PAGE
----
Last edited: September 06, 2004

High Court Rejects Plea to Make Homosexuality Legal

The Times of India, September 3, 2004

NEW DELHI—The high court on Thursday dismissed a PIL that had challenged the constitutional validity of Article 377 of the IPC which makes homosexuality a punishable offence. Chief Justice B C Patel and Justice B D Ahmed dismissed the three-year-old petition, saying that as there was no cause of action, a petition could not be filed just to test the validity of the legislation.

Last year the Centre had filed its reply. It had opposed saying homosexuality cannot be legalised in India as the society disapproves of such behaviour.

It mentioned in its affidavit that deletion of the section would open the “floodgates of delinquent behaviour” and “would be construed as providing unbridled license for the same”.

Citing the Law Commission’s 42nd report, the Centre claimed that since society did not approve of it, it was a strong enough reason to justify it as a criminal offence. “The purpose of section 377 is to provide a healthy environment in society by criminalising unnatural sexual activities against the order of nature,” the Centre had said.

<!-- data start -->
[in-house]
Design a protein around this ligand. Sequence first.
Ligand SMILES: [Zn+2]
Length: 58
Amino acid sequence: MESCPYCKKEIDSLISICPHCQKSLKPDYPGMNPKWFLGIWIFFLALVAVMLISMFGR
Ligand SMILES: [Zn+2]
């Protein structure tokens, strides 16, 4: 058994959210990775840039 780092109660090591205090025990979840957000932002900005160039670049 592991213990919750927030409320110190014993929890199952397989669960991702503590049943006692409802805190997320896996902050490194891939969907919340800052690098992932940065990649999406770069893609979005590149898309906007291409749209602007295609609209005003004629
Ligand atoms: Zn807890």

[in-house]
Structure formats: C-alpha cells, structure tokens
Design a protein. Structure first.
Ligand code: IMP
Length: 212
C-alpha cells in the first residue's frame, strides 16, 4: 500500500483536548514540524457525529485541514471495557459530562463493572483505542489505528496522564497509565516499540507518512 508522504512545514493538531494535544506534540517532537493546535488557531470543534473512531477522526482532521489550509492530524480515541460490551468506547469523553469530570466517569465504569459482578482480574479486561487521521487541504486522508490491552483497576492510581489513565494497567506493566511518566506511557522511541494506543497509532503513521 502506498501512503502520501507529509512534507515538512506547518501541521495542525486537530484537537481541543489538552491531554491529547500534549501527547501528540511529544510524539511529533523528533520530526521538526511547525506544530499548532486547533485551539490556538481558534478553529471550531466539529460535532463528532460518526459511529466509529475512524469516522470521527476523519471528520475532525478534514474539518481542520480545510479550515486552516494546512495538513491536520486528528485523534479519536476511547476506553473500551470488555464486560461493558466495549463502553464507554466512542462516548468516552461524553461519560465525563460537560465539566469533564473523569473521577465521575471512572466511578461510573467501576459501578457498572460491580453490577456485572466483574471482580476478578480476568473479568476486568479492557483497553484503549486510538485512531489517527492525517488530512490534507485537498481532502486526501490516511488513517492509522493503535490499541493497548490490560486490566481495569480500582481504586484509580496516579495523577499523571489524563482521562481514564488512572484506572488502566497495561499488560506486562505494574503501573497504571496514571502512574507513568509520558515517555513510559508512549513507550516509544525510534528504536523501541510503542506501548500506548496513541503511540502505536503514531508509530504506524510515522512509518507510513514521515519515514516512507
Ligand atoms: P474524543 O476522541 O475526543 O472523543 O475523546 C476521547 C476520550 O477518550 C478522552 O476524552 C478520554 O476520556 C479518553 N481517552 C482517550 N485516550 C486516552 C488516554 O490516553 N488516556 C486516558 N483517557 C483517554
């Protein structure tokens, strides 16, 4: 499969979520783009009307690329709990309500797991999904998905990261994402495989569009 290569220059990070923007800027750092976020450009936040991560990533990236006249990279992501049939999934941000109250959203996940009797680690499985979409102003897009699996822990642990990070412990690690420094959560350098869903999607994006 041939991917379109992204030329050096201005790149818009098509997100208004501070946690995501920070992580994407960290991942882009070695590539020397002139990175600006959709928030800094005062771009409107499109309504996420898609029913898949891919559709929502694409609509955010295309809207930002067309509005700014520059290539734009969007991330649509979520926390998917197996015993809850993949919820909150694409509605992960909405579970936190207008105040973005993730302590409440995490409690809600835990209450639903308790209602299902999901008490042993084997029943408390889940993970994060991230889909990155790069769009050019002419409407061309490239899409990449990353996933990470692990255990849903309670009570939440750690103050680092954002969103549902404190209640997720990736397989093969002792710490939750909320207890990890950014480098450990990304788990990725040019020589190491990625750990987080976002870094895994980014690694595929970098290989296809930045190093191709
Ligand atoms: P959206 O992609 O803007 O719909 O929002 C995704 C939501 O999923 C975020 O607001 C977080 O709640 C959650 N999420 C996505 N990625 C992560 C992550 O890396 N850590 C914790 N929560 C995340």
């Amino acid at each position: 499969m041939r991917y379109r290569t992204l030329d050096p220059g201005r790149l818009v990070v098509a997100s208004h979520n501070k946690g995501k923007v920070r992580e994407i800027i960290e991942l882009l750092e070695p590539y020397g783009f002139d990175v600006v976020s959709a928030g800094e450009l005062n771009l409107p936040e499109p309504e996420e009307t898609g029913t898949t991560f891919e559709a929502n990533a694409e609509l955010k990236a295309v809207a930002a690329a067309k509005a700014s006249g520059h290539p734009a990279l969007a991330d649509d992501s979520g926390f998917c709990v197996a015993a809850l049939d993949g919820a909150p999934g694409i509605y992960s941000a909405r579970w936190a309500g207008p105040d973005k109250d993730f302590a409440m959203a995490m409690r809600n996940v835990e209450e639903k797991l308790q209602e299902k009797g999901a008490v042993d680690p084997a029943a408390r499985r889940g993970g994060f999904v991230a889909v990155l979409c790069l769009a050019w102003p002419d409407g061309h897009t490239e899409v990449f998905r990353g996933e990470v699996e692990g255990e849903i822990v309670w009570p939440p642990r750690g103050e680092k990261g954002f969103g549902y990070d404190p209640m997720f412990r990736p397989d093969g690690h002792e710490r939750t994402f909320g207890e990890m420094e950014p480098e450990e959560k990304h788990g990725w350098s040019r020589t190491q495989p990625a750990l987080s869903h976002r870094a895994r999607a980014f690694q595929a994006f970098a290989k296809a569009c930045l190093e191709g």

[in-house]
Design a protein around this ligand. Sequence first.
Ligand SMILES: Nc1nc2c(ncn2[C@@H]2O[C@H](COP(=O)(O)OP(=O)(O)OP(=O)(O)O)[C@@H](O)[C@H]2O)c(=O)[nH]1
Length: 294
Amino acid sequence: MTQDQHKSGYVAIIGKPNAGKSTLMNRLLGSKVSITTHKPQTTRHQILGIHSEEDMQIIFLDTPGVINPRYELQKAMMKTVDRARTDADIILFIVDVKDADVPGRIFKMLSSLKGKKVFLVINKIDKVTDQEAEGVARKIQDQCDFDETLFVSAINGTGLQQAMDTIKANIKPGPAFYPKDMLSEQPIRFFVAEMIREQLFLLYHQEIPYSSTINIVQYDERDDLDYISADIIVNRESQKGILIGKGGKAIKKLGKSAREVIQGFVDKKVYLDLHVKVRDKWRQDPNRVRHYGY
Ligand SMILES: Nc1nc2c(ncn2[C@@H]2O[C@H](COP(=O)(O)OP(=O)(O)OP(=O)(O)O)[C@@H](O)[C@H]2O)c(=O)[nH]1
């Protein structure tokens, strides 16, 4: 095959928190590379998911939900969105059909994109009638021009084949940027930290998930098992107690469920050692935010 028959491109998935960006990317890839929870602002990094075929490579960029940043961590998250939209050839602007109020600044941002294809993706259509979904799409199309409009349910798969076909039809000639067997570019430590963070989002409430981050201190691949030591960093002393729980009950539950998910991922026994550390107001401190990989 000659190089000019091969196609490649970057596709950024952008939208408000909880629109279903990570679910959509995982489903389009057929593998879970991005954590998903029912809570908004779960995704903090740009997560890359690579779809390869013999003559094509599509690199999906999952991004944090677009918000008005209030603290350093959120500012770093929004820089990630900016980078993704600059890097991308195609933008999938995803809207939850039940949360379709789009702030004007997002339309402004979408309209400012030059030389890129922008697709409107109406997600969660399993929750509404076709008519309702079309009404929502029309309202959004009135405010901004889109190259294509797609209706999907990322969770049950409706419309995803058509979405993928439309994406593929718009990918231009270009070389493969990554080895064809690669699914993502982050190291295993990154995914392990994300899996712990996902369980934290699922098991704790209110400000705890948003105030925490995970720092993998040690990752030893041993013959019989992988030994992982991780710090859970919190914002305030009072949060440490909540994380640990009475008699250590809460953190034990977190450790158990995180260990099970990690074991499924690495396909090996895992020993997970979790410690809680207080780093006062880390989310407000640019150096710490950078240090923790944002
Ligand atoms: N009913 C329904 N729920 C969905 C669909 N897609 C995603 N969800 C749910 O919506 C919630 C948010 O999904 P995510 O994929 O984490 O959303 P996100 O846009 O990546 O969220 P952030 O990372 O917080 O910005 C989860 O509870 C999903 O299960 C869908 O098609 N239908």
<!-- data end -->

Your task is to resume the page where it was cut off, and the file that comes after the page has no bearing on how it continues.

It, however, added that the section so far has been invoked against only those charged with child abuse. The section has rarely been used to punish homosexual behaviour.

Since society and law do not run separately, the government claimed, the former reflects the perception of society.

“The public, notably in UK and US have shown tolerance of new sexual behaviour, but it is not universally accepted behaviour,” the Centre had stated.

The petition had been filed by NGO Naz Foundation. It had challenged the constitutional validity of the section. It had sought the court’s direction to declare Section 377 unconstitutional.

The NGO had sought to legalise homosexuality on grounds that due to fear of police action, consenting adult males having sexual relations were not coming forward to disclose their problems, even though they were more prone to HIV infection.

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